On The Banks Of Plum Creek (Chapter 3)
On The Banks Of Plum Creek
Laura Ingalls Wilder
RUSHES AND FLAGS
Every morning after Mary and Laura had done the dishes, made their bed and swept the floor, they could go out to play.
All around the door the morning-glory flowers were fresh and new, springing with all their might out of the green leaves.
All along Plum Creek the birds were talking. Sometimes a bird sang, but mostly they talked. “Tweet, tweet, oh twitter twee twit!” one said.
Then another said, “Ghee, Chee, Chee,” and another laughed, “Ha ha ha, tiraloo!”
Laura and Mary went over the top of their house and down along the path where Pa led the oxen to water.
There along the creek rushes were growing, and blue flags. Every morning the blue flags were new. They stood up dark blue and proud among the green rushes.
Each blue flag had three velvet petals that curved down like a lady’s dress over hoops. From its waist three ruffled silky petals stood up and curved together. When Laura looked down inside them, she saw three narrow pale tongues, and each tongue had a strip of golden fur on it.
Sometimes a fat bumble-bee, all black velvet and gold, was bumbling and
The flat creek bank was warm, soft mud. Little pale-yellow and pale-blue butterflies hovered there, and alighted and sipped. Bright dragonflies flew on blurry wings. The mud squeezed up between Laura’s toes. Where she stepped, and where Mary stepped, and where the oxen had walked, there were tiny pools of water in their footprints.
Where they waded in the shallow water a footprint would not stay. First a swirl like smoke came up from it and wavered away in the clear water. Then the footprint slowly melted. The toes smoothed out and the heel was only a small hollow.
There were tiny fishes in the water. They were so small that you could hardly see them. Only when they went swiftly sometimes a silvery belly flashed. When Laura and Mary stood still these little fishes swarmed around their feet and nibbled. It was a tickly feeling.
On top of the water the water-bugs skated. They had tall legs, and each of their feet made a wee dent in the water. It was hard to see a water-bug; he skated so fast that before you saw him he was somewhere else.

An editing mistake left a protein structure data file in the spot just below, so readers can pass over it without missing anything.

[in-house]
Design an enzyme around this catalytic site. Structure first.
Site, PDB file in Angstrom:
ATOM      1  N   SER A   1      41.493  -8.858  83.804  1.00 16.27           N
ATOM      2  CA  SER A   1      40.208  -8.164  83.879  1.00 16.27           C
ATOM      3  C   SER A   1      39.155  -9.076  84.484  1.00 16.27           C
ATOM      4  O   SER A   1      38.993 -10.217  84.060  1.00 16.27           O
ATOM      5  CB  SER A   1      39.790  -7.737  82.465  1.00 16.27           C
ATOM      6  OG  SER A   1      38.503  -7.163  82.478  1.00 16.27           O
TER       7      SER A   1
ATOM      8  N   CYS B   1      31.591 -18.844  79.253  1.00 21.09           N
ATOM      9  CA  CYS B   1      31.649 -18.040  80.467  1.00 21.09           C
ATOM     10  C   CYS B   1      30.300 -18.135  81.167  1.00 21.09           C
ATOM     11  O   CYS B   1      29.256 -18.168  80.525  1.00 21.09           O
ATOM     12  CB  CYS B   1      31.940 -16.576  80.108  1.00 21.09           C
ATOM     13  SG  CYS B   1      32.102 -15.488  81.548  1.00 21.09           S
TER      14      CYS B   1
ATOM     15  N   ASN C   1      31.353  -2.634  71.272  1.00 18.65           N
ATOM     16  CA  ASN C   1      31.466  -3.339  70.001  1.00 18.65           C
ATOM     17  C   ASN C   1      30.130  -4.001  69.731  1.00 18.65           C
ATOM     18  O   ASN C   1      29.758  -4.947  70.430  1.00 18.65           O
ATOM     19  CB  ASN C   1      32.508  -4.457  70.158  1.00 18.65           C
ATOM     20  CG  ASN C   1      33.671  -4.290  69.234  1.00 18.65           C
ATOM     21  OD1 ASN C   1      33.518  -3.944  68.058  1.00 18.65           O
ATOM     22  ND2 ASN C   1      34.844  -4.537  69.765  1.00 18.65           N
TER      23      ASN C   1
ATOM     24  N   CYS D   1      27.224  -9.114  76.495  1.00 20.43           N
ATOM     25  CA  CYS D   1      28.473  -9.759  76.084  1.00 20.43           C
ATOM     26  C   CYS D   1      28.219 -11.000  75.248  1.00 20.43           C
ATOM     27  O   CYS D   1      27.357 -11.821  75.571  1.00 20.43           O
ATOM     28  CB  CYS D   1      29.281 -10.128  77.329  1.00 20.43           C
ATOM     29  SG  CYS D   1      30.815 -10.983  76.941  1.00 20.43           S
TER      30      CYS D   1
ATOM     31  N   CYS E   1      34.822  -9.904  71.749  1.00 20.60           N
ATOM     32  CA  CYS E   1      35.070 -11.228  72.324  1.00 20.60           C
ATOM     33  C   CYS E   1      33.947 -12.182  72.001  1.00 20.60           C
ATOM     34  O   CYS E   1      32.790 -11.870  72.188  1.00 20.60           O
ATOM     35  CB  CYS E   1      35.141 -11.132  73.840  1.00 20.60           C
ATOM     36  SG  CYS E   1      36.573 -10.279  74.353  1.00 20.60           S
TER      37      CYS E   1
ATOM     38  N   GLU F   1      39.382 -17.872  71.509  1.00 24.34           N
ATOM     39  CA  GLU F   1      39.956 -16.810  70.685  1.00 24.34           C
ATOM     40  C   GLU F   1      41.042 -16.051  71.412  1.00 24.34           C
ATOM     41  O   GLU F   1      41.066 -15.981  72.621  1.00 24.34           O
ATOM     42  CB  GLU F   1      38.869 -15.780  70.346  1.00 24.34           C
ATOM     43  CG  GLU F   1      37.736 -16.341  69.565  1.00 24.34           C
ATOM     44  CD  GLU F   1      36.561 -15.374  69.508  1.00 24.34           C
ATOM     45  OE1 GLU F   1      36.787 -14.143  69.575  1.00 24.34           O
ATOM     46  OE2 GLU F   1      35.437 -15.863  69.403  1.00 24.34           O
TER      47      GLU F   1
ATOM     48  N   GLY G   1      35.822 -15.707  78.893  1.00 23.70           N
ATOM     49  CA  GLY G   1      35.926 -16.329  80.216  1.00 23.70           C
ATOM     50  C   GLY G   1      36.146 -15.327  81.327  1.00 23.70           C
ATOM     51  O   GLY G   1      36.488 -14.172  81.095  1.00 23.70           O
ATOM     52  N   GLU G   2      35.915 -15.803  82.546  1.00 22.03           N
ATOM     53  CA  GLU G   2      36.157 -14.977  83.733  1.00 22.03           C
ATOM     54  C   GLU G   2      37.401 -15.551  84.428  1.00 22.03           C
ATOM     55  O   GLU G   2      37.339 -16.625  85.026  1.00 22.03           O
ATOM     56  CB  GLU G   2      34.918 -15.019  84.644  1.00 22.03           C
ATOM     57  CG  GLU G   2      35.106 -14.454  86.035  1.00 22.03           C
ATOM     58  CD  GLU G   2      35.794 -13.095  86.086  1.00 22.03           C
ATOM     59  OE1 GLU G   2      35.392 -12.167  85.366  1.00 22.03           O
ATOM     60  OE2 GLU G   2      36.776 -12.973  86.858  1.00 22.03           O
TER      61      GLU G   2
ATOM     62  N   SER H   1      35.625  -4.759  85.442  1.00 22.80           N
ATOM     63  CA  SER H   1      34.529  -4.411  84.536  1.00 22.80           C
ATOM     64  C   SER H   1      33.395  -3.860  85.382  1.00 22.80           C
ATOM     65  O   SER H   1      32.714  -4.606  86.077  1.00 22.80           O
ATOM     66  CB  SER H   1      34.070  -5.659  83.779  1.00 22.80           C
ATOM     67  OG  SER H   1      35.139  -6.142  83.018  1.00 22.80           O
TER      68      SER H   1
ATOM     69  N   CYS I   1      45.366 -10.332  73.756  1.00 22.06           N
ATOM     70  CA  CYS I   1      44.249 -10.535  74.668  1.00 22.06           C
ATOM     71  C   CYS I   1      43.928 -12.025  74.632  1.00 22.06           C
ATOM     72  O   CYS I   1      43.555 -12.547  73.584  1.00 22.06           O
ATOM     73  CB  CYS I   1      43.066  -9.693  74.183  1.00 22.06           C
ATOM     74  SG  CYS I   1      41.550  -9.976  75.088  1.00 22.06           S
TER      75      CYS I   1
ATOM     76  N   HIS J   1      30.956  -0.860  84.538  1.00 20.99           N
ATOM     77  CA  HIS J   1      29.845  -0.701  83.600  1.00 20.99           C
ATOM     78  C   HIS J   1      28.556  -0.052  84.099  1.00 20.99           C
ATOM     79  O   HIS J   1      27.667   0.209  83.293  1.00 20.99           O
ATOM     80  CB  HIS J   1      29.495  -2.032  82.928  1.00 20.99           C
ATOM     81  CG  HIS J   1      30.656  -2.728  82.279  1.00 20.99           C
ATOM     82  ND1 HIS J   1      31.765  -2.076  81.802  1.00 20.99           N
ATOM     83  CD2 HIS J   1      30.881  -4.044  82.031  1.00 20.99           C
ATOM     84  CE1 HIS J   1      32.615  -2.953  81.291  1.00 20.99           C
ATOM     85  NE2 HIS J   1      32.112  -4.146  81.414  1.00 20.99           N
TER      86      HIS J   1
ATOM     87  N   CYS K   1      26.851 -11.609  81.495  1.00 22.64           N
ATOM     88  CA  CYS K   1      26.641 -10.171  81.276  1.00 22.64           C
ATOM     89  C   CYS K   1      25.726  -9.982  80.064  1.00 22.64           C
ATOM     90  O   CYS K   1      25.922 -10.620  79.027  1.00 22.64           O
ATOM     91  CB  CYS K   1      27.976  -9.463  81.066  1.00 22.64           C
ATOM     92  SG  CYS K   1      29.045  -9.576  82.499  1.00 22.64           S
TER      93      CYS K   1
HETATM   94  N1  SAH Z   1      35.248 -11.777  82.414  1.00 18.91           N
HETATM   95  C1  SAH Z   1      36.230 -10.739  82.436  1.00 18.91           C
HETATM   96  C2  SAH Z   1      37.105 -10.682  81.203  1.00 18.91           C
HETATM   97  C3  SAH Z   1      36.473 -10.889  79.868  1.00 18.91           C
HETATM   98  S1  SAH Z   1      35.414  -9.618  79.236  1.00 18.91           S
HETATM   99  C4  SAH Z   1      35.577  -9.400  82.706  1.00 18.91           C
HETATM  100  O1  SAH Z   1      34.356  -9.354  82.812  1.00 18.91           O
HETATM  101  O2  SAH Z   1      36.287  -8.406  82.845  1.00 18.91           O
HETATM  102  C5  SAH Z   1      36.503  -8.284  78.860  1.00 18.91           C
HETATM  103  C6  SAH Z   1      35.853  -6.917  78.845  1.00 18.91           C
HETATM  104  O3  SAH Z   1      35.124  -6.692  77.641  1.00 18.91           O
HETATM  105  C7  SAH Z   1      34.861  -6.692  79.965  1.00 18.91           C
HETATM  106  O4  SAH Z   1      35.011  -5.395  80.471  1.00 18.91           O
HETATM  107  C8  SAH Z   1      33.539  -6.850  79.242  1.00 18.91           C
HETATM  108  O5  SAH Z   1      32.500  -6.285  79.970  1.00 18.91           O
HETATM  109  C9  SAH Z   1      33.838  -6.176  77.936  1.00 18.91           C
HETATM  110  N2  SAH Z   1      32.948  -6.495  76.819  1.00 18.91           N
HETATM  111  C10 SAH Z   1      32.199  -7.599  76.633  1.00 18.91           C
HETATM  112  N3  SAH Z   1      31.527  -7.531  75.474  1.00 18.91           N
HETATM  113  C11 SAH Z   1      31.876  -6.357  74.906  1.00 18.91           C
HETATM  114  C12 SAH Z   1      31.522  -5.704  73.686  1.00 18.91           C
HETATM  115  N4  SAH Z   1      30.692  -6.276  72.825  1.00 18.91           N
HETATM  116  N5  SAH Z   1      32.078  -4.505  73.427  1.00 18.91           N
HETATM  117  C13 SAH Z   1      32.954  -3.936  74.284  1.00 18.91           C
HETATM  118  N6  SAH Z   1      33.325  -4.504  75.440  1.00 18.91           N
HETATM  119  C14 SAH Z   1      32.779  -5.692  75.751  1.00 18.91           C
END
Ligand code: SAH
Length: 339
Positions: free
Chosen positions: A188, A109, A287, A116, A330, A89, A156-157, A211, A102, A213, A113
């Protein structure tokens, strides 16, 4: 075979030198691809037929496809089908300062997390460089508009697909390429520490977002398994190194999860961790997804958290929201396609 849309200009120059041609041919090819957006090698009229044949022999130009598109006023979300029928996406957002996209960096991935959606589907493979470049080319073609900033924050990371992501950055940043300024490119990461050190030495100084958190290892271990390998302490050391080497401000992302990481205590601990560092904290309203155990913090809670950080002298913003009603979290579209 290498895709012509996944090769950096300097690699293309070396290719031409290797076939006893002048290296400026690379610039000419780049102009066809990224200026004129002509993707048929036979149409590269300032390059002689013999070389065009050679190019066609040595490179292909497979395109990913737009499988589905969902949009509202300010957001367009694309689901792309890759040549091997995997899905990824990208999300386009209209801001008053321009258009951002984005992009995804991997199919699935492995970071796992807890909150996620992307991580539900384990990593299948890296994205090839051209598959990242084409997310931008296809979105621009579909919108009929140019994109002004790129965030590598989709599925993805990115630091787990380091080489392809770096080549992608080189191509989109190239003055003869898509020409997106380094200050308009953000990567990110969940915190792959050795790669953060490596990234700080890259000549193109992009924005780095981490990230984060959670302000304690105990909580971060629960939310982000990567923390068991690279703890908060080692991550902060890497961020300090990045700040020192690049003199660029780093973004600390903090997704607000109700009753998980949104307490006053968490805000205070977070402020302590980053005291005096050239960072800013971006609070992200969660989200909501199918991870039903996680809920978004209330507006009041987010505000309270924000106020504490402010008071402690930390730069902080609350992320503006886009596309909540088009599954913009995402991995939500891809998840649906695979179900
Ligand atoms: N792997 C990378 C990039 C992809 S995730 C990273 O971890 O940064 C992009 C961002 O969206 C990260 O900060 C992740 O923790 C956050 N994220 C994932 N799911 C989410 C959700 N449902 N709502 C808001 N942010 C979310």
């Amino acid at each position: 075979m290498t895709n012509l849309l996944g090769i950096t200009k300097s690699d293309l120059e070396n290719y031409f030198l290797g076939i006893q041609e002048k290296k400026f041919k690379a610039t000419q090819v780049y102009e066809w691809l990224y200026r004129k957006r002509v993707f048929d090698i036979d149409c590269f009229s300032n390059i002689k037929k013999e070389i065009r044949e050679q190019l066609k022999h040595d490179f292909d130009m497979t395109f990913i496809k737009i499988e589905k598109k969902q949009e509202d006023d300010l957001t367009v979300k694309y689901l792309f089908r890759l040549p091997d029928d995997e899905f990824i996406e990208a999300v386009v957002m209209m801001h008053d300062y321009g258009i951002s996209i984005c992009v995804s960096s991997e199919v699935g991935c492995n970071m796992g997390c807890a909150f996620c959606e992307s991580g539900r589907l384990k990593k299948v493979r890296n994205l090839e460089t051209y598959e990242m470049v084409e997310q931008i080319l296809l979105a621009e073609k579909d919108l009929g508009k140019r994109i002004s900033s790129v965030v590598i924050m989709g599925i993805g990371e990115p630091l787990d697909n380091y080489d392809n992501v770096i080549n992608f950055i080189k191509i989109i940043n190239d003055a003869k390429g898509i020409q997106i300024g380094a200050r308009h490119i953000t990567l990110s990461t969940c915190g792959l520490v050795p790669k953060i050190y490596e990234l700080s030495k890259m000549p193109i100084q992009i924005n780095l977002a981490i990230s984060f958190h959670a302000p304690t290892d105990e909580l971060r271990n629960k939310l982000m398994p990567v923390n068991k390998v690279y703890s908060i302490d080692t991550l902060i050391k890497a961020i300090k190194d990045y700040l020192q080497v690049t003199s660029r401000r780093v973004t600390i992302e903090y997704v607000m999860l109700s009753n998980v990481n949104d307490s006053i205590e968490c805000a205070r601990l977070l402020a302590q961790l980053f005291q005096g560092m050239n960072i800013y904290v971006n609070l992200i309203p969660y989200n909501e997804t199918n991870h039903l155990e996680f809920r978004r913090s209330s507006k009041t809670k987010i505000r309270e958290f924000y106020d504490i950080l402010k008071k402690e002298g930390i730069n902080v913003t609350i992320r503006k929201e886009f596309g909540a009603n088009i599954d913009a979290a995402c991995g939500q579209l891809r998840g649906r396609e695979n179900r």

The rushes in the wind made a wild, lonely sound. They were not soft and flat like grass; they were hard and round and sleek and jointed. One day when Laura was wading in a deep place by the rushes, she took hold of a big one to pull herself up on the bank. It squeaked.
For a minute Laura could hardly breathe. Then she pulled another. It squeaked, and came in two.
The rushes were little hollow tubes, fitted together at the joints. The tubes squeaked when you pulled them apart. They squeaked when you pushed them together again. Laura and Mary pulled them apart to hear them squeak. Then they put little ones together to make necklaces. They put big ones together to make long tubes. They blew through the tubes into the creek and made it bubble.
They blew at the little fishes and scared them. Whenever they were thirsty, they could draw up long drinks of water through those tubes.
Ma laughed when Laura and Mary came to dinner and supper, all splashed and muddy, with green necklaces around their necks and the long green tubes in their hands. They brought her bouquets of the blue flags and,she put them on the table to make it pretty.
“I declare,” she said, “you two play in the creek so much, you’ll be turning to waterbugs!”
Pa and Ma did not care how much they played in the creek. Only they must never go upstream beyond the little willow valley. The creek came around a curve there. It came out of a hole full of deep, dark water. They must never go near enough to that hole, even to see it.
“Some day I’ll take you there,” Pa promised them. And one Sunday afternoon he told them that this was the day.